FDI in real estate, not an unmixed blessing: analysts

Foreign direct investment in the real estate sector has soared in Vietnam in the last three years, but economists are skeptical about the benefits they bring the country and warn about downsides like pollution.

Sky Garden 1 apartments at Phu My Hung urban area in Ho Chi Minh City’s District 7. Foreign investment is flowing steadily into the property sector and opinion on its benefits is divided among Vietnamese commentators.

According to the Planning and Investment Ministry, the total FDI coming into the sector in just 2006-08 was more than four times the entire investment in the two decades prior to 2006.
Some giant projects have received a slew of incentives and been allotted prime land though they do not add value or bring in technologies.
Some have even stalled for long periods.
In the first nine months, FDI worth US$12.54 billion flowed into the sector, with $7.2 billion already being disbursed.
But there is a catch. A study by the ministry and the Central Institute for Economic Management found that the 33 foreign apartment and urban-area projects in progress last year were estimated to cost $10 billion but had a total registered capital of just $2.2 billion.
In other words, foreign investors brought in only 20 percent and mobilized the rest in the country.
Major housing projects like The Vista and Phu My Hung in Ho Chi Minh City, and Golden Westlake and Ciputra in Hanoi cost billions of dollars in all to develop but a major part of it is was raised in the country.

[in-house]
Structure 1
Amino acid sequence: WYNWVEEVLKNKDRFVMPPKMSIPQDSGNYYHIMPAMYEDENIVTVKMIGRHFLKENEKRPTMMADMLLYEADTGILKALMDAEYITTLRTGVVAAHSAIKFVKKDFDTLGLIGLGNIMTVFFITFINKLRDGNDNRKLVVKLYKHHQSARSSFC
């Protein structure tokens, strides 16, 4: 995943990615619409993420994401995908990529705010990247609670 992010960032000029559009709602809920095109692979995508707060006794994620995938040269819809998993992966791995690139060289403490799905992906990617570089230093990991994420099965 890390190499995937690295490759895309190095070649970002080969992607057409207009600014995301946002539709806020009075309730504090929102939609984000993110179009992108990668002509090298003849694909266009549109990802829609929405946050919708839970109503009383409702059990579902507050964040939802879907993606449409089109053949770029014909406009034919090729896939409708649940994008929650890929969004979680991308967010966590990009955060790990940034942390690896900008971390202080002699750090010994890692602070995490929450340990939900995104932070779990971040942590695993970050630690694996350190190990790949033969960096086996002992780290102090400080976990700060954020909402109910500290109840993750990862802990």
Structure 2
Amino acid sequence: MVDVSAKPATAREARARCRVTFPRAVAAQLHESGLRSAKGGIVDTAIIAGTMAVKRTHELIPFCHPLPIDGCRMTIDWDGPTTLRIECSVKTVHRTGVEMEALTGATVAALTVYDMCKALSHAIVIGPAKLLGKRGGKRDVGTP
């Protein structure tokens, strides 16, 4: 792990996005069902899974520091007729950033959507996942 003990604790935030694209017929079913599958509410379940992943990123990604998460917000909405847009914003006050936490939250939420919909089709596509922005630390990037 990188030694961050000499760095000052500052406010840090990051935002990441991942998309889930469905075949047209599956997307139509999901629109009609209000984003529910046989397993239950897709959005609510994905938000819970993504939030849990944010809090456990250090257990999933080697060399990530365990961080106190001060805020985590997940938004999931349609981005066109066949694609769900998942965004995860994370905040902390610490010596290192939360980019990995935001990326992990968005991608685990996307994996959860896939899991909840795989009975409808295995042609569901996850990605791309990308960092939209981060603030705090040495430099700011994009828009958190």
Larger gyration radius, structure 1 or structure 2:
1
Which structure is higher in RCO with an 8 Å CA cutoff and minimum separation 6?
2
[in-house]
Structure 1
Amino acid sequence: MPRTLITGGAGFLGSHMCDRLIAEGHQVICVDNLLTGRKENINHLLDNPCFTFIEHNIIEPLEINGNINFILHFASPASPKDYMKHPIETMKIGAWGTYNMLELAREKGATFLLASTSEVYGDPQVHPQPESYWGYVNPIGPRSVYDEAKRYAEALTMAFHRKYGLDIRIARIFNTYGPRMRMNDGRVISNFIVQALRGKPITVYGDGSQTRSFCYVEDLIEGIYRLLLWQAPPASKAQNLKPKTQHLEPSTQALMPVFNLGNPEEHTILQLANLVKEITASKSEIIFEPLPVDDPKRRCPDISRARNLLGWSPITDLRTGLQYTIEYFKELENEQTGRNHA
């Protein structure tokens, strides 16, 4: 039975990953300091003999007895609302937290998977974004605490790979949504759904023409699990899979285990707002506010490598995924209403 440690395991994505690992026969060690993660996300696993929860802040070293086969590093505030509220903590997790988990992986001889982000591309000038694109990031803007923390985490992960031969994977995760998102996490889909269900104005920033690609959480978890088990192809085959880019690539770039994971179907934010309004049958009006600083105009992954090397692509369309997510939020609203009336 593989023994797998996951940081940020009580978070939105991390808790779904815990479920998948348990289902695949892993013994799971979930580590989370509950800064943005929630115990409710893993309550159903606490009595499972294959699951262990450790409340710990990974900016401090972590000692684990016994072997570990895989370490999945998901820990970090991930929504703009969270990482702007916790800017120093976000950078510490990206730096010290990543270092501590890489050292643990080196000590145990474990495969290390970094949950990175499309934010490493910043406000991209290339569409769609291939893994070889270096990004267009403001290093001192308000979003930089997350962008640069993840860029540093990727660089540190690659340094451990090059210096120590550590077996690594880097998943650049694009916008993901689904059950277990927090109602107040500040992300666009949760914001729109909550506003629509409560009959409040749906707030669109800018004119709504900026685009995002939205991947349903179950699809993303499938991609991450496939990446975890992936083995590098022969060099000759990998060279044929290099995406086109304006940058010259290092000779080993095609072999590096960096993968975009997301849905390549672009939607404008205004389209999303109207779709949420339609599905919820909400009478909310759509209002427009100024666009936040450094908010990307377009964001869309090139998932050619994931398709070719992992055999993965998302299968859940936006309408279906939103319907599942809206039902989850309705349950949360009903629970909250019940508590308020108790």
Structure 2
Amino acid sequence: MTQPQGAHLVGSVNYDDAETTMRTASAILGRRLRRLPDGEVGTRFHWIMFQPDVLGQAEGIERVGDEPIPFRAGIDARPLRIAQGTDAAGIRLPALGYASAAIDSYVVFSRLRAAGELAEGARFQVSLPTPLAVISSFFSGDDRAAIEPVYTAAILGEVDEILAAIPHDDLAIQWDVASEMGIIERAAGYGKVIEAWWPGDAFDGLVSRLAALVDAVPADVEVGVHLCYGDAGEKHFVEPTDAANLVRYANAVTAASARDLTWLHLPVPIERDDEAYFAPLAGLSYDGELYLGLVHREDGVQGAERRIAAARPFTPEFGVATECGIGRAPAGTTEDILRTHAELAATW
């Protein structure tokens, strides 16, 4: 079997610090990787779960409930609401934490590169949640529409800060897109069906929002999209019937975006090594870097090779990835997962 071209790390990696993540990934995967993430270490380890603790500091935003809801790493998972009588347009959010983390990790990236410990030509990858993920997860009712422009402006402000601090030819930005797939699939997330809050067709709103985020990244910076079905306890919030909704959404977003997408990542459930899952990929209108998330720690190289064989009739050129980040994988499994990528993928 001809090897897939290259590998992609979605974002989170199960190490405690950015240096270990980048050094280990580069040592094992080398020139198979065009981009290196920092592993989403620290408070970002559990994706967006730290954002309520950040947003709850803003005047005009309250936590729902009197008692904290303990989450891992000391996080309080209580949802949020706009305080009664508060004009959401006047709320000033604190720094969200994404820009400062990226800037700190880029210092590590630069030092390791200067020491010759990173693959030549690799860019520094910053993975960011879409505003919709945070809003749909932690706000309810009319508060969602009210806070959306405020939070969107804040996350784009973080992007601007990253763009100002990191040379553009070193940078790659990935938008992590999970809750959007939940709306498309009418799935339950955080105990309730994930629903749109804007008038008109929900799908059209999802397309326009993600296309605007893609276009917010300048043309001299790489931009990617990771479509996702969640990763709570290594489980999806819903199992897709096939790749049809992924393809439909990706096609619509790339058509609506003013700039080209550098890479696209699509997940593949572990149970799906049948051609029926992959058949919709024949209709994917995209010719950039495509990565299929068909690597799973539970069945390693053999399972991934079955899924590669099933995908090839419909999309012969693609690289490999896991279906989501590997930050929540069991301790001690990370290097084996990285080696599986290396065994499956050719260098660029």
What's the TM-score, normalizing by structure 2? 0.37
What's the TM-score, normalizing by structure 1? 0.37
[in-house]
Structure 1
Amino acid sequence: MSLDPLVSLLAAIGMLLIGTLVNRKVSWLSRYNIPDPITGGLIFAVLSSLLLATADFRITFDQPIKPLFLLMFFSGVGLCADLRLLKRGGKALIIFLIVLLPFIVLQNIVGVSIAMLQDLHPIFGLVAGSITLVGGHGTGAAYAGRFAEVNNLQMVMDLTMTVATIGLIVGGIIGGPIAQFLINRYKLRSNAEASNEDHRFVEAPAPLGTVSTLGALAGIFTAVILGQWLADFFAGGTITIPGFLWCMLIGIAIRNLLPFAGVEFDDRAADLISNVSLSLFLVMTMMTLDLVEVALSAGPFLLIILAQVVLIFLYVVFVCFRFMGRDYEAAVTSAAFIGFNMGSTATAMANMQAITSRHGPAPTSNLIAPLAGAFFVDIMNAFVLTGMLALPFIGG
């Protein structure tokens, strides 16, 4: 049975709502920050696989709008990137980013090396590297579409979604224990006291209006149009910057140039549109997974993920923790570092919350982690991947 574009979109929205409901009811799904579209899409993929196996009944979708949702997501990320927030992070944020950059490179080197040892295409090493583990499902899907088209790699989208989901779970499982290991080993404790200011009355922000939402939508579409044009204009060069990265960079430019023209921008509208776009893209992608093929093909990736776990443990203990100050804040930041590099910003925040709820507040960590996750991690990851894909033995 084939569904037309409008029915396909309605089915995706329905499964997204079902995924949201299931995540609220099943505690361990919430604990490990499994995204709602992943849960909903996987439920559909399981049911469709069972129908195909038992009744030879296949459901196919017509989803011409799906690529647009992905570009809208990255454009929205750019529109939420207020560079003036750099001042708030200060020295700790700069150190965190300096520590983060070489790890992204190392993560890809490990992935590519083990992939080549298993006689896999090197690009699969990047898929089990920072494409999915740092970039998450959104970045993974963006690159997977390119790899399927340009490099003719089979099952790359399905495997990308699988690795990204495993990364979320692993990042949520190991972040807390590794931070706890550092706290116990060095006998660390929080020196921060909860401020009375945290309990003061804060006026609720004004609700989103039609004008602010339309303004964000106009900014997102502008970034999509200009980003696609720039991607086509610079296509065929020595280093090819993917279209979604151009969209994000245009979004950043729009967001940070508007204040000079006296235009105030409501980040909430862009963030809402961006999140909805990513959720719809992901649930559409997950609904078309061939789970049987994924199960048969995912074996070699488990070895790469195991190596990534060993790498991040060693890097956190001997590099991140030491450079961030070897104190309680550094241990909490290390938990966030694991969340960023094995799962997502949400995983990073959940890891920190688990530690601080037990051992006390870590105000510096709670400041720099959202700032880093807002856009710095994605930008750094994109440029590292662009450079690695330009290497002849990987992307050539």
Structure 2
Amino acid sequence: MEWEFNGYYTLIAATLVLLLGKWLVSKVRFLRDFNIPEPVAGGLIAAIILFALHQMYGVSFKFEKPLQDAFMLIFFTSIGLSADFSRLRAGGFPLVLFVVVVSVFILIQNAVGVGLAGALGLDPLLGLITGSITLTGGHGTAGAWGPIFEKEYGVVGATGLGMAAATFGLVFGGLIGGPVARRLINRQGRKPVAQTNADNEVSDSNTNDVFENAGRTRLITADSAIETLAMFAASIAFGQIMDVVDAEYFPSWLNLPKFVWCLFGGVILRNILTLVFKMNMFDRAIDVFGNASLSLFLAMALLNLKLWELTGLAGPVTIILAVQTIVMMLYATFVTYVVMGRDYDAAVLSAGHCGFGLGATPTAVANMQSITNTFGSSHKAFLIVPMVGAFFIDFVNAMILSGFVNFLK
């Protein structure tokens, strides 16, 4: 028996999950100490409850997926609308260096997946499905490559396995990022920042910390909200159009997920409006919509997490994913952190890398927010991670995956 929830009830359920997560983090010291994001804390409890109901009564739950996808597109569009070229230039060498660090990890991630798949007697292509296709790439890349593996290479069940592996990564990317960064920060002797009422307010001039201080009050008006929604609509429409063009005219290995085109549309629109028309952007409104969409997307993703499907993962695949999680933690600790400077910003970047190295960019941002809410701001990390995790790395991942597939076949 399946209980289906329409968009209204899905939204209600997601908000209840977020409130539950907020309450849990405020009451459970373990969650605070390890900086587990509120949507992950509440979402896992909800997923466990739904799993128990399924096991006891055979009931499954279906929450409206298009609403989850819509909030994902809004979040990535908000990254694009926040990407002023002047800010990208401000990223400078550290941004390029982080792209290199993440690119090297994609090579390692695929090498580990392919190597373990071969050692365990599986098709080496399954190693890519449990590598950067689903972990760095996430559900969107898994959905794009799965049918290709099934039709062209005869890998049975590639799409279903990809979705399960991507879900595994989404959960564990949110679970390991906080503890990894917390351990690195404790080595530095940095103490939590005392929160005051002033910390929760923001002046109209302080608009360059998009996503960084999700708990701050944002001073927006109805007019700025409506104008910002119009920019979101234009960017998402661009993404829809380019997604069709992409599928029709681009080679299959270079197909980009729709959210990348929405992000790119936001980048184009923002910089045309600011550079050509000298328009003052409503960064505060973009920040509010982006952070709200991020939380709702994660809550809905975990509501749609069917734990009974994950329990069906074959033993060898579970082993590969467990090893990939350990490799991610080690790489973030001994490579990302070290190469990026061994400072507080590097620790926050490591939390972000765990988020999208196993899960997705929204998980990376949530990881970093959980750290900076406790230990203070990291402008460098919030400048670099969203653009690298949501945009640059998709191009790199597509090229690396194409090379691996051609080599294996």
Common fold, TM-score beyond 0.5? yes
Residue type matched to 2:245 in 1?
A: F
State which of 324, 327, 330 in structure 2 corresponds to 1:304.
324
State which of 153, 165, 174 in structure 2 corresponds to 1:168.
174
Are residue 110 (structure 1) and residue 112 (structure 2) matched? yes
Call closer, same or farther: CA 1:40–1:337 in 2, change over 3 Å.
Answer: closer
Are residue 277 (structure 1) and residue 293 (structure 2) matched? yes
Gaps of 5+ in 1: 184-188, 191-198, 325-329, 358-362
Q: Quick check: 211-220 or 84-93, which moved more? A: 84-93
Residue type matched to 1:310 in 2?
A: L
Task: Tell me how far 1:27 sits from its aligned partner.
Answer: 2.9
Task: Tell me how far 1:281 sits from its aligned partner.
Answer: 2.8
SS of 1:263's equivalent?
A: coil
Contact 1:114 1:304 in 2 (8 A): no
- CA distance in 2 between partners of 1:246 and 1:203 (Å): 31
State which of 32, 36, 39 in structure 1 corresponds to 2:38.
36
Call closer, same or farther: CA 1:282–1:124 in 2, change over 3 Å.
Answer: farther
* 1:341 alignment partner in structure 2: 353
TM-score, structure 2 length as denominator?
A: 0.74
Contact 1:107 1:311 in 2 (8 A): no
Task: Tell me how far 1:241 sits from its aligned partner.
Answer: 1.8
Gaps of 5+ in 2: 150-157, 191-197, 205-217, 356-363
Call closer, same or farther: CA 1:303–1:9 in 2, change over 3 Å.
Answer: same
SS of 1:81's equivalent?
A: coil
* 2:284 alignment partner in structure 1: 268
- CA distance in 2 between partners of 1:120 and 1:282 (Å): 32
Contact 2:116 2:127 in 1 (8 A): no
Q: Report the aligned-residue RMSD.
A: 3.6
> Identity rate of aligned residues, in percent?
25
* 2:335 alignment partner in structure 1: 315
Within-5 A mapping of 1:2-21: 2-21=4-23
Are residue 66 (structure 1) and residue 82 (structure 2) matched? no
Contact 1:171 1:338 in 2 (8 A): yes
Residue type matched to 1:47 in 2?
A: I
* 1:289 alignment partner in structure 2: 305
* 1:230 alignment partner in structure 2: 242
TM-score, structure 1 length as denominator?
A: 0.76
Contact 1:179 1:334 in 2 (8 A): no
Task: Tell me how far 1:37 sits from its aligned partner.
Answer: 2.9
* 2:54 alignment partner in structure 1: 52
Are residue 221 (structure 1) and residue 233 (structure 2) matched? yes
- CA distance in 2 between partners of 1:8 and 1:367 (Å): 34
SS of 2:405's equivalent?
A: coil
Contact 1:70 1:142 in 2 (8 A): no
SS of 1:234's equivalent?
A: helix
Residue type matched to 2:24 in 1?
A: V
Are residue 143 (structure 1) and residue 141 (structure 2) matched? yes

Many foreign-invested projects remain suspended, with as much as 60 percent of the land allocated to them yet to be used.
For instance, the $500 million Lotus Hotel in Hanoi and 65-floor Hanoi City Complex have been suspended due to a shortage of funds.
Construction of a tourism zone on 220 hectares along Vung Tau beach started 20 years ago but only a small part of it has been completed so far.
It is undeniable that FDI projects have made a great contribution to improving the country’s infrastructure and modernizing urban areas. But many have also contributed to destroying coastal areas and squandered prime space.
Another issue of concern is the liberal licensing of FDI projects by local authorities.
A ministry report to the Prime Minister on FDI in 2006-2008 said several cities and provinces issued many licenses for the same kinds of products without carefully considering the market’s capacity.
Glaring examples are steel plants, golf courses, and seaports.
It may be appropriate in theory to give local authorities the power to license FDI projects because only they understand the true potential of their province or city.
But in the absence of an overall Government blueprint for the realty sector, it is premature.
An issue that has exercised the public is poor management of FDI projects in terms of their environmental and social impacts.

Dr. Nguyen Minh Phong of the Hanoi Institute for Socio-Economic Research, said: “If we don’t consider carefully, the country’s most beautiful beaches and the interest of future generations will be in foreign companies’ hands. And whether or not we want it, we will become guests right in our country.”
Dr. Nguyen Mai, former deputy head of the State Committee for Cooperation and Investment, said: “Vietnam is integrating and if it wants to develop and attract foreign tourists and major global companies, it needs to have appropriate infrastructure.”

“Therefore, it should not limit FDI in the realty sector, but it needs to have a proper tax policy. Otherwise, the country will suffer losses while foreign investors will enjoy windfall profits.”

By Khoi Nguyen – Translated by Hoang Yen

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